- 2015-11-14 Keijo wrote on My stamp collection @Franz... Of course you didn't offend me. It's just good that readers such as you point out possible mistakes. I wish more folks did the same (as I'm only human, and like most I DO MAKE mistakes). I just went into to details to describe "why" things are the way they are, so that everybody reading these comments understands the challenges and the scale of work that has gone to MyCollection.
PS. Siam fixed now.
- 2015-11-14 Keijo wrote on Welcome to SCB Store @Frank... Thanks for the support. Payment was received on Wednesday morning, and the system has sent you login credentials few minutes later (hopefully they've arrived to your inbox safely; if not found from the inbox, then please check the spam folder).
- 2015-11-14 Franz Feigl wrote on My stamp collection Hi Keijo
I hope I didn't offend by pointing the discrepancy out to you. It was really the Siam that compelled me to email/ask you as I had assumed that the total column was computer calculated, and with the total not matching the detailed listing I thought I'd point this out in case a link had been broken (I somehow managed to mess up a spreadsheet of mine lately, which is giving me grief - trust me, I know all about human error as I make them more often than I like, no matter how hard I try). However, I see that this is not the case.
And I realize that inventories take time - I only ever managed to properly inventory my stamps from Central America, plus a few select countries like Belgium and the Congo.
I'll set aside whatever duplicates I'll end up from the Philippines, Indonesia, Vietnam, Cambodia and Laos.
- 2015-11-14 John wrote on Sharjah Post Day 1969 - 5 riyal m/s - unlisted in Michel. Why? Hello all and indeed this is a mysterious souvenir sheet. I have the original Minkus Catalog from 1974. It sheds light a little on this mystery for us.
In Minkus it shows that Rosenbaum Brothers were the actual printers of the issue. The original ships issue which is Michel# 562-9 and Blocks 56 and 57 are listed as Minkus# 455-70, 471 and 472. What is missing in Michel is this souvenir sheet! In Minkus it is 473! Noted as 5r Silver. The one imaged is the original souvenir sheet.
It then gets a bit weird. In Minkus the listing for the "PHILATOKYO 71" issue comes right after the regular issue. The PHILATOKYO 71 issue was not made until 1971 yet Minkus lists it this way between the last 1969 issue (ships) and the first 1970 issue which is the UNICEF issue. Weird..... Anyway so there is confusion about the PHILATOKYO issue.
The stamp set (ships) was overprinted in 1971 as Michel# 1100-1115
The souvenir sheets Block 56 and 57 were overprinted with the APOLLO 12 emblem.
The souvenir sheet above with the PHILATOKYO overprint is Block 146!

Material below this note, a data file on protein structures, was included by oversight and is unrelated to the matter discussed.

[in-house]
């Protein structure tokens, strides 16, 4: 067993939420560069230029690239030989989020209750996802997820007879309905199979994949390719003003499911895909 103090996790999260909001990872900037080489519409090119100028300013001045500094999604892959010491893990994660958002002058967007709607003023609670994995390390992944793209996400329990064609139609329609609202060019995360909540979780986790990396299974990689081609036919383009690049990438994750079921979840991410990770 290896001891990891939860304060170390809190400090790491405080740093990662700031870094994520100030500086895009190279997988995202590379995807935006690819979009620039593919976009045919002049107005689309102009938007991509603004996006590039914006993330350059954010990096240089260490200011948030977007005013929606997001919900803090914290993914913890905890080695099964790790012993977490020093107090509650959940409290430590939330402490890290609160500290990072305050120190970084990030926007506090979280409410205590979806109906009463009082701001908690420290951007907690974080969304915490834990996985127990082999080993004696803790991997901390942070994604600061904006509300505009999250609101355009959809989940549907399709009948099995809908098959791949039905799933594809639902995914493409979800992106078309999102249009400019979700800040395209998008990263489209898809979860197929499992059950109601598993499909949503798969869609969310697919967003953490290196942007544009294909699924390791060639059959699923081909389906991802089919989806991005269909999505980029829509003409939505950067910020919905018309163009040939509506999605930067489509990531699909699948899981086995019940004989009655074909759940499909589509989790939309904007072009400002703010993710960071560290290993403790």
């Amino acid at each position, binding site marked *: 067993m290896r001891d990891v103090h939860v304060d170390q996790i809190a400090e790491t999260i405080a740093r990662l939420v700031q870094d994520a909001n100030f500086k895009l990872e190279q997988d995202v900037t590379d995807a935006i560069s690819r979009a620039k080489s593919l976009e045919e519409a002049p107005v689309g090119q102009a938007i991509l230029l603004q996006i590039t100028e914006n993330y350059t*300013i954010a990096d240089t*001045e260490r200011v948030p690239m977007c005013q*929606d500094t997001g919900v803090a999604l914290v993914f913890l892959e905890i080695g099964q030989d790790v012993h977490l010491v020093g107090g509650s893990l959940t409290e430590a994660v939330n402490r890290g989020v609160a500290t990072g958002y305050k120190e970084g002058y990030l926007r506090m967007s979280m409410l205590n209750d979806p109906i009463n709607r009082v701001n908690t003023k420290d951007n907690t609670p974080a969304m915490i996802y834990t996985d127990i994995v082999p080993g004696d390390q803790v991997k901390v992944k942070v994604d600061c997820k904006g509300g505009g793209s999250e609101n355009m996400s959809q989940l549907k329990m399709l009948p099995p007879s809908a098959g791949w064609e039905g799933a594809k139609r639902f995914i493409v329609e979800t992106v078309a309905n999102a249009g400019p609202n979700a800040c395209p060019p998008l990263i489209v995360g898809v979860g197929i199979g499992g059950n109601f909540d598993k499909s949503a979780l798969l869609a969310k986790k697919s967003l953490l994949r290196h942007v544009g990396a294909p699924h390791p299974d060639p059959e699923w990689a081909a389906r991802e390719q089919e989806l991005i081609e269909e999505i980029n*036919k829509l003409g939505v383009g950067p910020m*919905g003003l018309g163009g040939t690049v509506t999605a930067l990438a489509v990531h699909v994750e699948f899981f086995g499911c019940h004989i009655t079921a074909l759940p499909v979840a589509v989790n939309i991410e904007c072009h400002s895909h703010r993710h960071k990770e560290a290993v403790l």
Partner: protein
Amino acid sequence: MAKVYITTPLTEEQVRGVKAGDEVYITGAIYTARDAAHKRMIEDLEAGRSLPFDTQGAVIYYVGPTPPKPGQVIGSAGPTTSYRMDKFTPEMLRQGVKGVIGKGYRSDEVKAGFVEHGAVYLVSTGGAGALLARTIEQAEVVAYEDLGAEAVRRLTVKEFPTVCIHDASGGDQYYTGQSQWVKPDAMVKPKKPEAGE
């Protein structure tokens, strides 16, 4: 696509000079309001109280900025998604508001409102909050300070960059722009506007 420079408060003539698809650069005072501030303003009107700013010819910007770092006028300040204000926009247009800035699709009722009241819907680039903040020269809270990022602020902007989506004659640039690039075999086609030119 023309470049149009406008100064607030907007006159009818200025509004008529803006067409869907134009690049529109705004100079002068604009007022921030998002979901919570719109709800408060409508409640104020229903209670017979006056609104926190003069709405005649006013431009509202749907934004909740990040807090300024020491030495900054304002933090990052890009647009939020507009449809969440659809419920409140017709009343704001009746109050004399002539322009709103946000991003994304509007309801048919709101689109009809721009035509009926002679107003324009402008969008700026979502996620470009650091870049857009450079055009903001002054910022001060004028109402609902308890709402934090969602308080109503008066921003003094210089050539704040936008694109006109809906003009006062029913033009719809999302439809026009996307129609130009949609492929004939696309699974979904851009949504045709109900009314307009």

In Minkus it notes the souvenir sheet with the overprint and I quote "without face value, sales price 5r" and valued it at $7.50 in 1974.
So the questions are:
Why doesn't Michel list the original unoverprinted issue where Minkus does?
Why does Minkus only note it as overprinted (with value) whereas Michel lists it with Block# 146?
Another of the many mysteries from the Trucial States. Now partly solved...hehe.
- 2015-11-13 Frank wrote on Welcome to SCB Store Hello, Have been intending for a long time to support your philatelic endeavors. Looking forward to reading the expanded coverage. I sent in my dues via Paypal a couple of days ago. Please let me know if there is anything else I need to do. Hoping that you and family are well. Many thanks for all that you have done to promote this curious pursuit. Best,Frank
- 2015-11-13 Richard T. Barnes wrote on Sharjah Post Day 1969 - 5 riyal m/s - unlisted in Michel. Why? I agree with Keijo that the Michel Block 146 belongs in any listing of the Philatokia 71 overprinted stamp set whether in Minkus or any other catalogue. It surprises me that there are not two souvenir sheets listed for this set. The usual practice was to duplicate in total the original stamp set when doing an overprinted set. During this time period of the Sand Dune stamps' history I have found souvenir sheets not listed in the catalogues. These items I picked up prior to the end of the USSR. The luxury gondola could possibly be such an uncatalogued stamp. Ray in his number 11 reply mentions an ebay lot with an sales price on it and no postal value. I have not found "sales price" on any catalogued Sand Dune stamps. The sales price on the luxury gondola M/S is an anomaly to the historical practice. Because this M/S has no denomination so is not even pretending to be a postal stamp I believe that this is a modern Bogus stamp. Where I am correct in this assumption or not I hope further investigation will provide more definitive information. In reply 13 the geographic region in the UK was Wales not what I wrote Whale.
- 2015-11-13 Keijo wrote on Germany "BEZAHLT" and why You too should try to become a polyglot @Erik... Happy you enjoyed it (and nice to see you visiting SCB more frequently).
- 2015-11-13 Keijo wrote on Japanese 1898 parcel post revenue stamp @Terry... Sadly the image didn't come through (you have to upload the image into some Photosharing website, such as FaceBook, DropBox, OneDrive, Photobucket first, and then link it here).
But... If it's a Japanese revenue like the one discussed, then the real world retail value is more or less what a potential buyer is willing to pay (=usually not much; simply because very few of us non-Japanese collectors have actual knowledge on their rarity or catalog value. In that sense Japan would likely be the best marketplace, as local collectors would likely snipe any rarities with a big smile on their face).
- 2015-11-13 Terrance McCann wrote on Japanese 1898 parcel post revenue stamp